Institute for War and Peace Reporting | Giving Voice, Driving Change
Mladic on Belgrade Payroll Years After Indictment
Leaked army files on former Bosnian Serb general Ratko Mladic have revealed he was in the pay of both the Serbian and the Bosnian Serb military for years after he was indicted for war crimes by the Hague tribunal.
The documents, disclosed in the Sarajevo daily Dnevni Avaz on November 30, show that Mladic received an official pension from Belgrade until 2001 and was paid a Bosnian Serb army pension until 2002. IWPR enquiries, and reactions from the Office of the High Representative, suggest the documents are genuine.
The suggestion that Mladic maintained links with both Belgrade and the Bosnian Serb government is not surprising in itself.
But besides creating an awkward situation for Serbia, where some tribunal insiders privately say they think Mladic is hiding, the revelations could have particularly serious consequences for the Bosnian Serb government, which has been coming under increasing pressure lately over its failure to arrest a single indicted war criminal.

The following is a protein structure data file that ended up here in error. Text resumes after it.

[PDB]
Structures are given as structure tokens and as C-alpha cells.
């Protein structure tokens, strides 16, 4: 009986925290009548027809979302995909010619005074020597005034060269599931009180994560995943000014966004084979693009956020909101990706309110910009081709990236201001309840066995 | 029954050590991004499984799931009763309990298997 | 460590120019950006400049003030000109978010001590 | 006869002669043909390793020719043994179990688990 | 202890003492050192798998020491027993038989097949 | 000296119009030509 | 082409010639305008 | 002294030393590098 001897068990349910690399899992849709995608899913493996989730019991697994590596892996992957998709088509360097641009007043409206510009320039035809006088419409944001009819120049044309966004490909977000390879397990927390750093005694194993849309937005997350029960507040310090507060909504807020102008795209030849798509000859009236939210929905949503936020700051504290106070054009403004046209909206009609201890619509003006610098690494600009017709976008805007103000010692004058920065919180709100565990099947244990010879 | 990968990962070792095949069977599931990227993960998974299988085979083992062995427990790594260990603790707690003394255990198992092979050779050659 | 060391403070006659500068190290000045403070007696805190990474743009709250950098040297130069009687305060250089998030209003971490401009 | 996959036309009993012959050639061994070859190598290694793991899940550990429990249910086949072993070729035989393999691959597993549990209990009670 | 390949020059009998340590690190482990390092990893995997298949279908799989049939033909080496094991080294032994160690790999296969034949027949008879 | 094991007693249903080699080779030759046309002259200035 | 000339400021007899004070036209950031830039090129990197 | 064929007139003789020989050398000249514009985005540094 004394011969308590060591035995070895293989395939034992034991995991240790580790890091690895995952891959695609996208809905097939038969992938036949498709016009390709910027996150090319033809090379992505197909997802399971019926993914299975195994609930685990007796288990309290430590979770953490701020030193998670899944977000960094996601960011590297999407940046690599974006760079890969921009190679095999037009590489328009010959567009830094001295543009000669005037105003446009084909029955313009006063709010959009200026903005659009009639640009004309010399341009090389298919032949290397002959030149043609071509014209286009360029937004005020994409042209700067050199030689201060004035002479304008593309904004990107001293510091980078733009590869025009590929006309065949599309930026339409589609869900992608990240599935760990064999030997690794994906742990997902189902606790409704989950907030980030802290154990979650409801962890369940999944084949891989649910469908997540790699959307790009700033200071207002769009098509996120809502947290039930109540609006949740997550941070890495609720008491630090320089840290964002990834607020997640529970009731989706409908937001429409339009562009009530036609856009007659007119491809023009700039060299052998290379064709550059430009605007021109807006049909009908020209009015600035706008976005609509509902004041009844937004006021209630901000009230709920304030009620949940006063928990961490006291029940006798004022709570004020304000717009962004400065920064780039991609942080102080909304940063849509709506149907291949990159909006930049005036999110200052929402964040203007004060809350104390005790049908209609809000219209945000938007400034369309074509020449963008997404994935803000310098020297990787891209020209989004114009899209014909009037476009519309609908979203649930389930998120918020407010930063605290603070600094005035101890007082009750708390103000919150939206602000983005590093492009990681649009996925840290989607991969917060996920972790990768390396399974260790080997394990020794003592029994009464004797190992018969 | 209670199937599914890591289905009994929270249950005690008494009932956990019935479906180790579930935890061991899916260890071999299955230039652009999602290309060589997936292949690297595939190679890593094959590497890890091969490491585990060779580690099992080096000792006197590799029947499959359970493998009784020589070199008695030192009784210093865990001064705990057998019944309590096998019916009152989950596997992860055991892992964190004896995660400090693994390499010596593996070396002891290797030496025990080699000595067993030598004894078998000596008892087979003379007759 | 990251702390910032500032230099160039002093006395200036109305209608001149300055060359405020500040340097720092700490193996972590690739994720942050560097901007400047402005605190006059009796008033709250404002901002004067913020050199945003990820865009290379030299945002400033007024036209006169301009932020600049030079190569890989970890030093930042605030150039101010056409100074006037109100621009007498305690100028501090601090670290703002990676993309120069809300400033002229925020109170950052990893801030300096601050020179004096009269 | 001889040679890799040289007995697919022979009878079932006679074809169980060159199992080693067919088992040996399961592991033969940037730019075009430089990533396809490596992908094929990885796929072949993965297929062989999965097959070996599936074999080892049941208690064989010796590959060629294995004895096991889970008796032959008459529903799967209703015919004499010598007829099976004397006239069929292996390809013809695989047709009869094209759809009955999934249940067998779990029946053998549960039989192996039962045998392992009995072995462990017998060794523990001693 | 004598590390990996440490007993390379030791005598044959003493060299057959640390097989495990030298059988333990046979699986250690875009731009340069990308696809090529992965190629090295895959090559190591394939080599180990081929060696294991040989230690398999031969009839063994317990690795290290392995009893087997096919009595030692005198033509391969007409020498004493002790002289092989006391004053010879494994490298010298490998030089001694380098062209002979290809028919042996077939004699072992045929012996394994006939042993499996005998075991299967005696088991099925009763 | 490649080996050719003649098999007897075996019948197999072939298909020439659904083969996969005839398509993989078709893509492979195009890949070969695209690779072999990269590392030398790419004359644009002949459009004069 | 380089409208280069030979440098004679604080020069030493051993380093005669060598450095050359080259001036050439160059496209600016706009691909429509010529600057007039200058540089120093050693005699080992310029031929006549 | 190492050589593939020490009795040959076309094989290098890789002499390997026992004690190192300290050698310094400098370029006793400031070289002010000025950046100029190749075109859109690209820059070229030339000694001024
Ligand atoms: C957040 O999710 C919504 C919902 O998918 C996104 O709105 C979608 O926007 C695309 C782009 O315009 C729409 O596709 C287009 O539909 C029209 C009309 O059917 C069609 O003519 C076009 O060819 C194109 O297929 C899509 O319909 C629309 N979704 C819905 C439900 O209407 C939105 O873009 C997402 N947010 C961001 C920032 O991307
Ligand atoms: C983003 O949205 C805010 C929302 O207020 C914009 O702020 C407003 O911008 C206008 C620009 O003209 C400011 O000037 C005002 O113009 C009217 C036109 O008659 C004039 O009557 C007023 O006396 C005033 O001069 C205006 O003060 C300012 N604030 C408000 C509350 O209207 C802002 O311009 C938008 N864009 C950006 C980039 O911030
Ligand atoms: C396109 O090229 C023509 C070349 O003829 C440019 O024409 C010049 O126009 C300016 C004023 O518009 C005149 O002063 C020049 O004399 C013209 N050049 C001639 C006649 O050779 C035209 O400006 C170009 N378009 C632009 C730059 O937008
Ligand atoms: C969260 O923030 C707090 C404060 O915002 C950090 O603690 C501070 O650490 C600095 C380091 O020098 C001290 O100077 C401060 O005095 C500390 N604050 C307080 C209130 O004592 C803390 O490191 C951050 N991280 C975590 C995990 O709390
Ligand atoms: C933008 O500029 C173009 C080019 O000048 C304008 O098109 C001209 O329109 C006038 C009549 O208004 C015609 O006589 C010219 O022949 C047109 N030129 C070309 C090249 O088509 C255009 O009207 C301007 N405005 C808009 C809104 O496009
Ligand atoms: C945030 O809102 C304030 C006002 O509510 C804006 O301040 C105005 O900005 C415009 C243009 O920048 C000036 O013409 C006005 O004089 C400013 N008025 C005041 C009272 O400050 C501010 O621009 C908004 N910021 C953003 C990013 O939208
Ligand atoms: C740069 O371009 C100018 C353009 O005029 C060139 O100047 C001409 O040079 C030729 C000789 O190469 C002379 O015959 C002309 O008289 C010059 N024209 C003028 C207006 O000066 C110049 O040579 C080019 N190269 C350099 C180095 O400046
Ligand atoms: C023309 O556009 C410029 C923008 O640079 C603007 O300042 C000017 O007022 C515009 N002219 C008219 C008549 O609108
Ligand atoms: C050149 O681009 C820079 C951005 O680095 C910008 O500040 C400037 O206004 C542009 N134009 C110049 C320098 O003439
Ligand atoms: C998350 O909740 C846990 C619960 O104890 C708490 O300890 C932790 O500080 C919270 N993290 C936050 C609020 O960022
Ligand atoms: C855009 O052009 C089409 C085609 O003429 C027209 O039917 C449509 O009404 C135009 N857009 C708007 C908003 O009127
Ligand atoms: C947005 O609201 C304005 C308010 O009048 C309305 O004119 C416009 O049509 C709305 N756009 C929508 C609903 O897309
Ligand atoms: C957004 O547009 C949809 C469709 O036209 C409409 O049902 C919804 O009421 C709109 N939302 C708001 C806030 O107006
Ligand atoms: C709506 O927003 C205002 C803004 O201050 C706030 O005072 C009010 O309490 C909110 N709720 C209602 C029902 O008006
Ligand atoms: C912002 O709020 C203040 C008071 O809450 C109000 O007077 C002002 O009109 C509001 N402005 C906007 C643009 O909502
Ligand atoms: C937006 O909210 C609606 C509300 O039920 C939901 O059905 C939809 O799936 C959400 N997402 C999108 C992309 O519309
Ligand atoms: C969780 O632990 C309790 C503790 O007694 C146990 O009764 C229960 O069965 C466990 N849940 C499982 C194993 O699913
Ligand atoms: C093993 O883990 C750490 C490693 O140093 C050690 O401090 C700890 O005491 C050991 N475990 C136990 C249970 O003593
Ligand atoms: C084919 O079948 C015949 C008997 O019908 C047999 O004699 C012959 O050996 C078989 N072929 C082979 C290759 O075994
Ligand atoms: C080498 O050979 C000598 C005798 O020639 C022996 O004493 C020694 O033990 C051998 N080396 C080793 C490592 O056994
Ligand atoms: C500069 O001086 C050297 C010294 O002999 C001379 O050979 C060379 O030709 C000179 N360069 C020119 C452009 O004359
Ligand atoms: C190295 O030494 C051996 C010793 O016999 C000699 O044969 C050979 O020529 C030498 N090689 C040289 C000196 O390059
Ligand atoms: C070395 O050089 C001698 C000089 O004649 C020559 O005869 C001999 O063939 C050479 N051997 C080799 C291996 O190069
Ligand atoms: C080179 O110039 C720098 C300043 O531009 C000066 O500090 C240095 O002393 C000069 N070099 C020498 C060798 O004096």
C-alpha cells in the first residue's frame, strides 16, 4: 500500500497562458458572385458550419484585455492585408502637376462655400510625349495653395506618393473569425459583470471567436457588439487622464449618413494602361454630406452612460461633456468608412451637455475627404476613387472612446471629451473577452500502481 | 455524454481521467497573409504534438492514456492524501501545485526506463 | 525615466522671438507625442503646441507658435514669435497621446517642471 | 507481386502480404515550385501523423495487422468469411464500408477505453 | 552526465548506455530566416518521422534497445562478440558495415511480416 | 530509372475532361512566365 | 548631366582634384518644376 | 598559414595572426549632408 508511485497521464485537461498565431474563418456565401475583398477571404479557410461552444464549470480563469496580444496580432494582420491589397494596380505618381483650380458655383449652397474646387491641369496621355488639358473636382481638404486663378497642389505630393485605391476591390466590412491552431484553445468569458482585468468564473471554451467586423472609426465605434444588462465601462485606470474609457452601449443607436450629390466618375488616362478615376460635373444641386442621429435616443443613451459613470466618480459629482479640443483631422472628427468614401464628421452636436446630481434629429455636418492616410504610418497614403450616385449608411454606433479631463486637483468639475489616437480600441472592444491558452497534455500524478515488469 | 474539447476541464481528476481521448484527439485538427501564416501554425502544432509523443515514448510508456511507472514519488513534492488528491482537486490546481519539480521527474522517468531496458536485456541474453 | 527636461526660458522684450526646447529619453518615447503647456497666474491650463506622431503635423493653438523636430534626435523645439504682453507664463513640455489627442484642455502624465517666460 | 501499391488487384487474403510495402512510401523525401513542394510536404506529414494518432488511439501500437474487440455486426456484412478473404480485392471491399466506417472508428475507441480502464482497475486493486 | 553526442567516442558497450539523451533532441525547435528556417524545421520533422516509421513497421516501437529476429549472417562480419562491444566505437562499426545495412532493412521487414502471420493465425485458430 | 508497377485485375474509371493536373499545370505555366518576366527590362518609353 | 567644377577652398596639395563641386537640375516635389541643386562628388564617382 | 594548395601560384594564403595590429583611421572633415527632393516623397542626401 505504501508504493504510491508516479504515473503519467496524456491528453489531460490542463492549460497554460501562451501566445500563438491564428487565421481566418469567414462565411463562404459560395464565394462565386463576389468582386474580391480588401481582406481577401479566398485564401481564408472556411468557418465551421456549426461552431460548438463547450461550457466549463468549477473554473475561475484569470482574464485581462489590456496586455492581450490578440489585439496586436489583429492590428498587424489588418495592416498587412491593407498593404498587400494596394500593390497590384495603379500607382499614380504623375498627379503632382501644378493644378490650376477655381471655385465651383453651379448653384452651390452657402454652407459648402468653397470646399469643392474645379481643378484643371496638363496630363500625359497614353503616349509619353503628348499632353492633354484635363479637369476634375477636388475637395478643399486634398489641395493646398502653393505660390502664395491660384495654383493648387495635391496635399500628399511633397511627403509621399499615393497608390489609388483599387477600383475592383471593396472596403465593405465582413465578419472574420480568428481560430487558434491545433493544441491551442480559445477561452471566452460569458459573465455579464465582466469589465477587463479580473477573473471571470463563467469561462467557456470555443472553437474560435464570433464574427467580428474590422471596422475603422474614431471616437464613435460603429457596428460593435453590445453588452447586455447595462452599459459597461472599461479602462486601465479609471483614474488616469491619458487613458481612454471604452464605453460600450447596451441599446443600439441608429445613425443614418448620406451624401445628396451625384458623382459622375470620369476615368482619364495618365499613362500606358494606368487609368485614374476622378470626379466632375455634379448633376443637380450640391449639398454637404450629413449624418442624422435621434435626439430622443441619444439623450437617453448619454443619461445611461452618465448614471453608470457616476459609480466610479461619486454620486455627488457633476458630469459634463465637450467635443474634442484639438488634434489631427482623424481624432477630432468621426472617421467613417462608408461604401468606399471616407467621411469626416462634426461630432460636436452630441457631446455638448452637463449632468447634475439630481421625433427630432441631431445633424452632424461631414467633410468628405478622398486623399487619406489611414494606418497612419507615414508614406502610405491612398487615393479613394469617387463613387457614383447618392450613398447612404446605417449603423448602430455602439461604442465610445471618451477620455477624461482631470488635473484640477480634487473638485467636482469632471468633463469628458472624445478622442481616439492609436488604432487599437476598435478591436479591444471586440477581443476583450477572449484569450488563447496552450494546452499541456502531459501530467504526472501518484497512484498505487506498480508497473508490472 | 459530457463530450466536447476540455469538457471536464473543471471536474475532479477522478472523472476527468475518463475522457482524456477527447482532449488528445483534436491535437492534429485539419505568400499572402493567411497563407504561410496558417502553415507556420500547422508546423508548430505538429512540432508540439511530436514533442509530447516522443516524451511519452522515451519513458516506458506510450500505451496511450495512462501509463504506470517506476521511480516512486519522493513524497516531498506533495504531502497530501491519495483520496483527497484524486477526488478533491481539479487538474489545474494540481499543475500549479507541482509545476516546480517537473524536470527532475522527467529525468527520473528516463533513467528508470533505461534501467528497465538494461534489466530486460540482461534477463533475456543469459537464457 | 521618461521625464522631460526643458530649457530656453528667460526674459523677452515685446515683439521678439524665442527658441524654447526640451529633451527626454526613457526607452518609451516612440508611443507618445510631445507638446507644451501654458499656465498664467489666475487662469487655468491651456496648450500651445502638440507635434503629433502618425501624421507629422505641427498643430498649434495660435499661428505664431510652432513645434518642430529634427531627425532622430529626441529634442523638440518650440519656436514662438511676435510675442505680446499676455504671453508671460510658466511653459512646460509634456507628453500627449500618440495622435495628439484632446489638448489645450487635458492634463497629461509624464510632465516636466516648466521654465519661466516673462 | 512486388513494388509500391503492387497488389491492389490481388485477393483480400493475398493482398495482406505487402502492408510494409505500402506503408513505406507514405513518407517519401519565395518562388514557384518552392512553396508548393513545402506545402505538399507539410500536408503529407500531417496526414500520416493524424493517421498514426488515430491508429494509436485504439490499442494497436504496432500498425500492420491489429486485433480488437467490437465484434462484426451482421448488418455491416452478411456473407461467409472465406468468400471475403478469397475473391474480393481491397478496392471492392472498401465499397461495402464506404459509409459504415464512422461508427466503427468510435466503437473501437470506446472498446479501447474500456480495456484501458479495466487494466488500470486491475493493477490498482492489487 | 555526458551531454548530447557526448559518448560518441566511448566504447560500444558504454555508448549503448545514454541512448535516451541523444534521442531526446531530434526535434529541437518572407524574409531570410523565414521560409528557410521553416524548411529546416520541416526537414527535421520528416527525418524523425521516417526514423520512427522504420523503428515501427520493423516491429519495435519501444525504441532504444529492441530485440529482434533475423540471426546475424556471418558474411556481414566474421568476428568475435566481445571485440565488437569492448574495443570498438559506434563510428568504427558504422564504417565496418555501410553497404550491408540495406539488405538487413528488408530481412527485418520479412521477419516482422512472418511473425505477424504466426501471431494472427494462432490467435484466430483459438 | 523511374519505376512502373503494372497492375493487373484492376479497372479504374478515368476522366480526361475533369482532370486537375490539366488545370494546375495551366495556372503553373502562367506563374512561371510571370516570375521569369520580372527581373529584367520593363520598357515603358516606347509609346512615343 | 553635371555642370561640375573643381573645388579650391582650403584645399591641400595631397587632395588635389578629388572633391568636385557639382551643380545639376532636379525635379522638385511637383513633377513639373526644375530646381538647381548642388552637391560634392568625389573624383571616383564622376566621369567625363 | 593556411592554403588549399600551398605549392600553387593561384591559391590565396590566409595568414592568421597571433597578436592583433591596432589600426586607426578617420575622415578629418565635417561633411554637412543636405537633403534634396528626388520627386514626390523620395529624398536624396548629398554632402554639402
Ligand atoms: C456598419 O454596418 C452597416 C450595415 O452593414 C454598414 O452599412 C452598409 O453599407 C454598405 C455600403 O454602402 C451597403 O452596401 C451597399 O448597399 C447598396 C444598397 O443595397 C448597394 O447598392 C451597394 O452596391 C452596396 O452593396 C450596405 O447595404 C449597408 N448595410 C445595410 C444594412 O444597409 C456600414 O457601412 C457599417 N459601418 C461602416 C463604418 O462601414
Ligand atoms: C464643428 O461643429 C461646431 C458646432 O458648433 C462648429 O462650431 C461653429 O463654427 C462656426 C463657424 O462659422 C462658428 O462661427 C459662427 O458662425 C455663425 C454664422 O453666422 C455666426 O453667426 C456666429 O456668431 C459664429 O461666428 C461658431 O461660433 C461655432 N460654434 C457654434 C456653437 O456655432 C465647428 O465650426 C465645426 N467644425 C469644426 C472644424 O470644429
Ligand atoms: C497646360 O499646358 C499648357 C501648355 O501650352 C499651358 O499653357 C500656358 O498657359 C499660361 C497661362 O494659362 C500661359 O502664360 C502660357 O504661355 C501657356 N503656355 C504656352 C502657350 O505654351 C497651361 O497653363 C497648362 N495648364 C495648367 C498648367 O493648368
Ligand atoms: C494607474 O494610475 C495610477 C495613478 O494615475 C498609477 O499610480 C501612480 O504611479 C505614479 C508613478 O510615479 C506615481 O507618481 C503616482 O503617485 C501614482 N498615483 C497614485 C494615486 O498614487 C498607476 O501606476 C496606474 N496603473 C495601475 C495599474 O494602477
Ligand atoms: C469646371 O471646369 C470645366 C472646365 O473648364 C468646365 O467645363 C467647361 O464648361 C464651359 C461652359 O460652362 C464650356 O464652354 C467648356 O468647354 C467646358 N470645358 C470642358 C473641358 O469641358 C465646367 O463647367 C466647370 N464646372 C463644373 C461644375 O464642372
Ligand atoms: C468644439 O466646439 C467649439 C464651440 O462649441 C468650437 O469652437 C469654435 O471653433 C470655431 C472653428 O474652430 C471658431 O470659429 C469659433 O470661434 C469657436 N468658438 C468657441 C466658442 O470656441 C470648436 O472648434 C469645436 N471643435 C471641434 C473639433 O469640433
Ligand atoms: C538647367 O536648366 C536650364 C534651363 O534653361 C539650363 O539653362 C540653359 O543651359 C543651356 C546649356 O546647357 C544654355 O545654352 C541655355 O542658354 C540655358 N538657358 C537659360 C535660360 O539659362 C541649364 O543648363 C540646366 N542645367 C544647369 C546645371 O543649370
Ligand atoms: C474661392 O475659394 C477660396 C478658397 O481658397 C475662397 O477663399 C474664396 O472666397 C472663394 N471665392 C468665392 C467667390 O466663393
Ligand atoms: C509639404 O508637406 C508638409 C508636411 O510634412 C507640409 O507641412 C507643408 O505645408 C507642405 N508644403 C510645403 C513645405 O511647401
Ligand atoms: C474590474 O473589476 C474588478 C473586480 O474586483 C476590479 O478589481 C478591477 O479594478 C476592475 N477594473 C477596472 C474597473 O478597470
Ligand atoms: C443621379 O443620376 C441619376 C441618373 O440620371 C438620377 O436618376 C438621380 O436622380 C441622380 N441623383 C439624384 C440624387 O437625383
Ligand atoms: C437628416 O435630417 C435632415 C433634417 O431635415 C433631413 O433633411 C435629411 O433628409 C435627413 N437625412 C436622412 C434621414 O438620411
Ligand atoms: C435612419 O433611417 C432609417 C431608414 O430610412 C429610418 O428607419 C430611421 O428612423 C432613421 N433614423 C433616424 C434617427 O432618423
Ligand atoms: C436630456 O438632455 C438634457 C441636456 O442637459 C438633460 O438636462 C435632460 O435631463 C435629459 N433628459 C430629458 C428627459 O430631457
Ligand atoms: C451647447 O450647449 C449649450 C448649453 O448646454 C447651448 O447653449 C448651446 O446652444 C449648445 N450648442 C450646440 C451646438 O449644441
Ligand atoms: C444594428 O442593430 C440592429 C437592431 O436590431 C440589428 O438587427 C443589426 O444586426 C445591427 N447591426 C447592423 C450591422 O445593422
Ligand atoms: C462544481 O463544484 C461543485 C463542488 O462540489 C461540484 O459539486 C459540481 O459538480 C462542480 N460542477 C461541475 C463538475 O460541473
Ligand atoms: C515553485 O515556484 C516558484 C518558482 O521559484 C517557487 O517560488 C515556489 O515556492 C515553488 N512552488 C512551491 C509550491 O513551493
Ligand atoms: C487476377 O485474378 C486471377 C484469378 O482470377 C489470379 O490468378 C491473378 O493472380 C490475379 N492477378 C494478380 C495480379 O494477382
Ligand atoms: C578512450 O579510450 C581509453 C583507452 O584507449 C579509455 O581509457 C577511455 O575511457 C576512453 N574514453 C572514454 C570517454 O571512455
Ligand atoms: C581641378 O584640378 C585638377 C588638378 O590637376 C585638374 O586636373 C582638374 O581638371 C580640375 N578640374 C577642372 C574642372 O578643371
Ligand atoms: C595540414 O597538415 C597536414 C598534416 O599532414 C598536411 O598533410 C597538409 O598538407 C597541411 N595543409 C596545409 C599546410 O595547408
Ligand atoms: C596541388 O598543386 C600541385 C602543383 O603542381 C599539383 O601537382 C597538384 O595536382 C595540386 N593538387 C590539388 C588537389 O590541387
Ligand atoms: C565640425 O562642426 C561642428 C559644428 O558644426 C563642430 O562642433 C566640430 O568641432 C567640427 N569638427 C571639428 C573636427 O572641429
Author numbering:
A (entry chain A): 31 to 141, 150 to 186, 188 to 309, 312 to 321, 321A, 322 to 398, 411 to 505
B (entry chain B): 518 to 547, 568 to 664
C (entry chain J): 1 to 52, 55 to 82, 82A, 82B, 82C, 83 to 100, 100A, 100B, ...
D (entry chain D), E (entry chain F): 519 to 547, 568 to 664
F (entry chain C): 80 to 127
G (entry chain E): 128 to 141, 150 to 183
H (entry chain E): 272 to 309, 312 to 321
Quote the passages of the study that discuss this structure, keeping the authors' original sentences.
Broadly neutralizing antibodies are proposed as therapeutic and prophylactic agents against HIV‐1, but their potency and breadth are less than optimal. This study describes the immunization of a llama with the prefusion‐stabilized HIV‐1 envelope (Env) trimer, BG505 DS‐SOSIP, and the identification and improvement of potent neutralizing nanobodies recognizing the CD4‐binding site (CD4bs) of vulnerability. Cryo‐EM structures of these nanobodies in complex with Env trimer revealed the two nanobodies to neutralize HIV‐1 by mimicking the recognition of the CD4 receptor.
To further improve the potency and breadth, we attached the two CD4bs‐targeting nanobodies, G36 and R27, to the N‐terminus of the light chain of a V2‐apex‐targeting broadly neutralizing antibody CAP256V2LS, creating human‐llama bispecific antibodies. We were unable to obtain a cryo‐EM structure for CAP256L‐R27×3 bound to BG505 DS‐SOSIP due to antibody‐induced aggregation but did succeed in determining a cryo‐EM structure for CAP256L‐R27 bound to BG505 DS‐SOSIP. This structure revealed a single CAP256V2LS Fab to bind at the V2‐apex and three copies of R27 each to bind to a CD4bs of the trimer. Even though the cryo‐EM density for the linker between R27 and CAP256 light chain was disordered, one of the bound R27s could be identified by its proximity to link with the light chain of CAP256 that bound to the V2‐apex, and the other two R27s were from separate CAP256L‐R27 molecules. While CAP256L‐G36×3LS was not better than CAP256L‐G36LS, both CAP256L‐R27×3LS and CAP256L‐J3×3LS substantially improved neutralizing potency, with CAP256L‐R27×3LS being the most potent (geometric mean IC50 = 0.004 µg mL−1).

Mladic, who led ethnic Serb forces during the war in Bosnia, was indicted by Hague tribunal prosecutors in 1995. He is accused of being among those who ordered the massacre of up to 8,000 Bosnian Muslims in the area around Srebrenica in July that year.
The general’s relationship with the Belgrade government of the time is also a key issue in the trial of former Yugoslav president Slobodan Milosevic, who is charged with masterminding atrocities committed by ethnic Serb forces in Bosnia.
The leaked documents had their first impact on the Hague tribunal on November 2, when prosecutor Geoffrey Nice questioned a defence witness in the Milosevic case about the issue. He asked former Yugoslav interior minister Vukasin Jokanovic whether he knew Mladic was on Belgrade’s payroll until 2001.
Chief prosecutor Carla Del Ponte announced in April that, after a long struggle, she had succeeded in obtaining a copy of what she described as Mladic’s “official file” from the Serbian government. But the documents given to her only contained information for the period up to 1992 - the year Belgrade officially cut its ties with Bosnian Serb forces.
The recently leaked set of documents is the first solid evidence that Mladic remained a salaried member of the Yugoslav military long after the official split. They indicated that he was only removed from the official army pensions list nine years later, in 2001, at the request of then Yugoslav president Vojislav Kostunica.